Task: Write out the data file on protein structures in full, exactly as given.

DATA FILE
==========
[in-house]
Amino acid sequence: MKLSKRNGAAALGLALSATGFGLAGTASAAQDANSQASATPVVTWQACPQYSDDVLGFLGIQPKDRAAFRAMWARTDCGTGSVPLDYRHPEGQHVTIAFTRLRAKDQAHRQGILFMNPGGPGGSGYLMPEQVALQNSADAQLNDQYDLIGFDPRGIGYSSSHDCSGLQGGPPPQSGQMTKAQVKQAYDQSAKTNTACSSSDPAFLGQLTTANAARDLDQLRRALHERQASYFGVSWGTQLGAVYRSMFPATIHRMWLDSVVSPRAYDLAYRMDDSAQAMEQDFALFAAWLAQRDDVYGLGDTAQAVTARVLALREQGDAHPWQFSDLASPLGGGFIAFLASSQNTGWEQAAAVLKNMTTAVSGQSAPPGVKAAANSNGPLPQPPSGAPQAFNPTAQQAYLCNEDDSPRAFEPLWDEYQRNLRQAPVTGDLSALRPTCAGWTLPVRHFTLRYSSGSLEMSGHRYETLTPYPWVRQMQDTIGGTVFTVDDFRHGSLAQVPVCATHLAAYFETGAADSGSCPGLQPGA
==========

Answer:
[in-house]
Amino acid sequence: MKLSKRNGAAALGLALSATGFGLAGTASAAQDANSQASATPVVTWQACPQYSDDVLGFLGIQPKDRAAFRAMWARTDCGTGSVPLDYRHPEGQHVTIAFTRLRAKDQAHRQGILFMNPGGPGGSGYLMPEQVALQNSADAQLNDQYDLIGFDPRGIGYSSSHDCSGLQGGPPPQSGQMTKAQVKQAYDQSAKTNTACSSSDPAFLGQLTTANAARDLDQLRRALHERQASYFGVSWGTQLGAVYRSMFPATIHRMWLDSVVSPRAYDLAYRMDDSAQAMEQDFALFAAWLAQRDDVYGLGDTAQAVTARVLALREQGDAHPWQFSDLASPLGGGFIAFLASSQNTGWEQAAAVLKNMTTAVSGQSAPPGVKAAANSNGPLPQPPSGAPQAFNPTAQQAYLCNEDDSPRAFEPLWDEYQRNLRQAPVTGDLSALRPTCAGWTLPVRHFTLRYSSGSLEMSGHRYETLTPYPWVRQMQDTIGGTVFTVDDFRHGSLAQVPVCATHLAAYFETGAADSGSCPGLQPGA